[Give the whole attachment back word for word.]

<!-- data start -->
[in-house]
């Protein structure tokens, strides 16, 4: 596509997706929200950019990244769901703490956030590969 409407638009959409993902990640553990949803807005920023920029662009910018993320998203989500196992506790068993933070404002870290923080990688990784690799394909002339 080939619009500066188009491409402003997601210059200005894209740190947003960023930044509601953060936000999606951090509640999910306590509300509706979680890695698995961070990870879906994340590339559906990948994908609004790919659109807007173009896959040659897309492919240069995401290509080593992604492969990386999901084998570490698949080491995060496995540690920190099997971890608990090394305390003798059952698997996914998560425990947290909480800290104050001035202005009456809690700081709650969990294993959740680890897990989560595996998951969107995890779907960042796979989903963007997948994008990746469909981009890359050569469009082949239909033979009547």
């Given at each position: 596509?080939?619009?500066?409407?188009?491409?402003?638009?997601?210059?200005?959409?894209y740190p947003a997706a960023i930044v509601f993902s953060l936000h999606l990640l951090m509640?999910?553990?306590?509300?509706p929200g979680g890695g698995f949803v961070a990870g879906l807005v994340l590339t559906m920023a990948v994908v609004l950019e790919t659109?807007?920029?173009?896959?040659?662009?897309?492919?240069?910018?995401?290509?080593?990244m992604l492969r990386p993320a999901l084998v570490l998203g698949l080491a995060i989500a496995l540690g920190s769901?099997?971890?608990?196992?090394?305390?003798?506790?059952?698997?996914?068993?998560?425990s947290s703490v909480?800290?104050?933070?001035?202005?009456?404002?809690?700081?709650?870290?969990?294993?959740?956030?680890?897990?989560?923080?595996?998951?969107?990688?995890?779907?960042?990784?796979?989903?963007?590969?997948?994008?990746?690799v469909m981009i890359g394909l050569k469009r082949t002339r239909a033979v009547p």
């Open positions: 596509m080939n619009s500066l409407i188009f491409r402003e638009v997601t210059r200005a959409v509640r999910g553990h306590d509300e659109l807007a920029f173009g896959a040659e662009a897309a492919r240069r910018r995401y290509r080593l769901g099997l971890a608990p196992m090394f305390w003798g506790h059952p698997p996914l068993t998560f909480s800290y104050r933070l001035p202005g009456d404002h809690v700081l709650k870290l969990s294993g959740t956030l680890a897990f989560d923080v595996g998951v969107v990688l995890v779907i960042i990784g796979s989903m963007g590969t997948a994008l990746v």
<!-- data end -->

[in-house]
């Protein structure tokens, strides 16, 4: 596509997706929200950019990244769901703490956030590969 409407638009959409993902990640553990949803807005920023920029662009910018993320998203989500196992506790068993933070404002870290923080990688990784690799394909002339 080939619009500066188009491409402003997601210059200005894209740190947003960023930044509601953060936000999606951090509640999910306590509300509706979680890695698995961070990870879906994340590339559906990948994908609004790919659109807007173009896959040659897309492919240069995401290509080593992604492969990386999901084998570490698949080491995060496995540690920190099997971890608990090394305390003798059952698997996914998560425990947290909480800290104050001035202005009456809690700081709650969990294993959740680890897990989560595996998951969107995890779907960042796979989903963007997948994008990746469909981009890359050569469009082949239909033979009547």
């Given at each position: 596509?080939?619009?500066?409407?188009?491409?402003?638009?997601?210059?200005?959409?894209y740190p947003a997706a960023i930044v509601f993902s953060l936000h999606l990640l951090m509640?999910?553990?306590?509300?509706p929200g979680g890695g698995f949803v961070a990870g879906l807005v994340l590339t559906m920023a990948v994908v609004l950019e790919t659109?807007?920029?173009?896959?040659?662009?897309?492919?240069?910018?995401?290509?080593?990244m992604l492969r990386p993320a999901l084998v570490l998203g698949l080491a995060i989500a496995l540690g920190s769901?099997?971890?608990?196992?090394?305390?003798?506790?059952?698997?996914?068993?998560?425990s947290s703490v909480?800290?104050?933070?001035?202005?009456?404002?809690?700081?709650?870290?969990?294993?959740?956030?680890?897990?989560?923080?595996?998951?969107?990688?995890?779907?960042?990784?796979?989903?963007?590969?997948?994008?990746?690799v469909m981009i890359g394909l050569k469009r082949t002339r239909a033979v009547p």
């Open positions: 596509m080939n619009s500066l409407i188009f491409r402003e638009v997601t210059r200005a959409v509640r999910g553990h306590d509300e659109l807007a920029f173009g896959a040659e662009a897309a492919r240069r910018r995401y290509r080593l769901g099997l971890a608990p196992m090394f305390w003798g506790h059952p698997p996914l068993t998560f909480s800290y104050r933070l001035p202005g009456d404002h809690v700081l709650k870290l969990s294993g959740t956030l680890a897990f989560d923080v595996g998951v969107v990688l995890v779907i960042i990784g796979s989903m963007g590969t997948a994008l990746v």